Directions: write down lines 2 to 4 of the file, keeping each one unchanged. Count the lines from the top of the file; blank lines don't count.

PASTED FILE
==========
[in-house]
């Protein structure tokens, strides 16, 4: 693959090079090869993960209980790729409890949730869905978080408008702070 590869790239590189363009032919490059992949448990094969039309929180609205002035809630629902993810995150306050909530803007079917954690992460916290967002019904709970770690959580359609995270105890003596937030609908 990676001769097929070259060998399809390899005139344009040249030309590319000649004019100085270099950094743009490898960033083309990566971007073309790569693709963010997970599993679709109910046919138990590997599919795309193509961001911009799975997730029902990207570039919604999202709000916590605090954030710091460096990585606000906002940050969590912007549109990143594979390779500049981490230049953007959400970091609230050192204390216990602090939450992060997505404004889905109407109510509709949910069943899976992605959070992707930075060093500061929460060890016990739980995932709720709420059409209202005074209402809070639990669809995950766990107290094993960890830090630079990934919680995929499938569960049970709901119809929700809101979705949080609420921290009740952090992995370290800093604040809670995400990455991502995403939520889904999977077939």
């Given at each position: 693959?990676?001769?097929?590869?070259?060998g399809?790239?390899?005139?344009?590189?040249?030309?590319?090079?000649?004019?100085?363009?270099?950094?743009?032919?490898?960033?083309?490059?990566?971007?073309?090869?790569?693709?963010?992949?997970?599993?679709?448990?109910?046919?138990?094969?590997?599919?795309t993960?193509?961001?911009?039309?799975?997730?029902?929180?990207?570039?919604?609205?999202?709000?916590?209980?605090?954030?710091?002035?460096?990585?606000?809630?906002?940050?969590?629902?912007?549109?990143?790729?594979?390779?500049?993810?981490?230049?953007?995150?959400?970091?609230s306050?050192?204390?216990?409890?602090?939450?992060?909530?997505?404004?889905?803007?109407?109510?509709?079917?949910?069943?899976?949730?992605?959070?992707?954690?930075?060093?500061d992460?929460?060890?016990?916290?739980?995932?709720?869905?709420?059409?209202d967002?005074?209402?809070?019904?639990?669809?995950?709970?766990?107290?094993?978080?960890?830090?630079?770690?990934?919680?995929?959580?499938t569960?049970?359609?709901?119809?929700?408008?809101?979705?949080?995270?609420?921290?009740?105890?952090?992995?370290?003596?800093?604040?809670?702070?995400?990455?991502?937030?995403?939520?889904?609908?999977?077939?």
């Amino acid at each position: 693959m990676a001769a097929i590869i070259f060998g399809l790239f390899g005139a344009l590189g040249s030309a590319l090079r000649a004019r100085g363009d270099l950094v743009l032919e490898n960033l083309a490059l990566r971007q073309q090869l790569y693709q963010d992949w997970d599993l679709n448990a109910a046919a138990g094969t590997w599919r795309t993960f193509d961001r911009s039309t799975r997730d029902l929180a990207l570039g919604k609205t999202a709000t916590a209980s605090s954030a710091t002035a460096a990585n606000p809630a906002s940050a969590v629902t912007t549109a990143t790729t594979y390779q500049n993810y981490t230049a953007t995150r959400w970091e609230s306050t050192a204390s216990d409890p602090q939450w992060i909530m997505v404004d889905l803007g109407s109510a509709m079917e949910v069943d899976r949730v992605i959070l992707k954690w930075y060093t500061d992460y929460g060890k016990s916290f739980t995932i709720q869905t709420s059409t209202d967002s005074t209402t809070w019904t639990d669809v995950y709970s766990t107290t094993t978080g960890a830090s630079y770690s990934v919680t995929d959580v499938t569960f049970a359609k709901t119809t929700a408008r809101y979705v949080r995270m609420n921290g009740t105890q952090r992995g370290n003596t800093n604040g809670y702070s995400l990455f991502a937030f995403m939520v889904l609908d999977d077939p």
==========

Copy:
């Protein structure tokens, strides 16, 4: 693959090079090869993960209980790729409890949730869905978080408008702070 590869790239590189363009032919490059992949448990094969039309929180609205002035809630629902993810995150306050909530803007079917954690992460916290967002019904709970770690959580359609995270105890003596937030609908 990676001769097929070259060998399809390899005139344009040249030309590319000649004019100085270099950094743009490898960033083309990566971007073309790569693709963010997970599993679709109910046919138990590997599919795309193509961001911009799975997730029902990207570039919604999202709000916590605090954030710091460096990585606000906002940050969590912007549109990143594979390779500049981490230049953007959400970091609230050192204390216990602090939450992060997505404004889905109407109510509709949910069943899976992605959070992707930075060093500061929460060890016990739980995932709720709420059409209202005074209402809070639990669809995950766990107290094993960890830090630079990934919680995929499938569960049970709901119809929700809101979705949080609420921290009740952090992995370290800093604040809670995400990455991502995403939520889904999977077939």
């Given at each position: 693959?990676?001769?097929?590869?070259?060998g399809?790239?390899?005139?344009?590189?040249?030309?590319?090079?000649?004019?100085?363009?270099?950094?743009?032919?490898?960033?083309?490059?990566?971007?073309?090869?790569?693709?963010?992949?997970?599993?679709?448990?109910?046919?138990?094969?590997?599919?795309t993960?193509?961001?911009?039309?799975?997730?029902?929180?990207?570039?919604?609205?999202?709000?916590?209980?605090?954030?710091?002035?460096?990585?606000?809630?906002?940050?969590?629902?912007?549109?990143?790729?594979?390779?500049?993810?981490?230049?953007?995150?959400?970091?609230s306050?050192?204390?216990?409890?602090?939450?992060?909530?997505?404004?889905?803007?109407?109510?509709?079917?949910?069943?899976?949730?992605?959070?992707?954690?930075?060093?500061d992460?929460?060890?016990?916290?739980?995932?709720?869905?709420?059409?209202d967002?005074?209402?809070?019904?639990?669809?995950?709970?766990?107290?094993?978080?960890?830090?630079?770690?990934?919680?995929?959580?499938t569960?049970?359609?709901?119809?929700?408008?809101?979705?949080?995270?609420?921290?009740?105890?952090?992995?370290?003596?800093?604040?809670?702070?995400?990455?991502?937030?995403?939520?889904?609908?999977?077939?």
């Amino acid at each position: 693959m990676a001769a097929i590869i070259f060998g399809l790239f390899g005139a344009l590189g040249s030309a590319l090079r000649a004019r100085g363009d270099l950094v743009l032919e490898n960033l083309a490059l990566r971007q073309q090869l790569y693709q963010d992949w997970d599993l679709n448990a109910a046919a138990g094969t590997w599919r795309t993960f193509d961001r911009s039309t799975r997730d029902l929180a990207l570039g919604k609205t999202a709000t916590a209980s605090s954030a710091t002035a460096a990585n606000p809630a906002s940050a969590v629902t912007t549109a990143t790729t594979y390779q500049n993810y981490t230049a953007t995150r959400w970091e609230s306050t050192a204390s216990d409890p602090q939450w992060i909530m997505v404004d889905l803007g109407s109510a509709m079917e949910v069943d899976r949730v992605i959070l992707k954690w930075y060093t500061d992460y929460g060890k016990s916290f739980t995932i709720q869905t709420s059409t209202d967002s005074t209402t809070w019904t639990d669809v995950y709970s766990t107290t094993t978080g960890a830090s630079y770690s990934v919680t995929d959580v499938t569960f049970a359609k709901t119809t929700a408008r809101y979705v949080r995270m609420n921290g009740t105890q952090r992995g370290n003596t800093n604040g809670y702070s995400l990455f991502a937030f995403m939520v889904l609908d999977d077939p």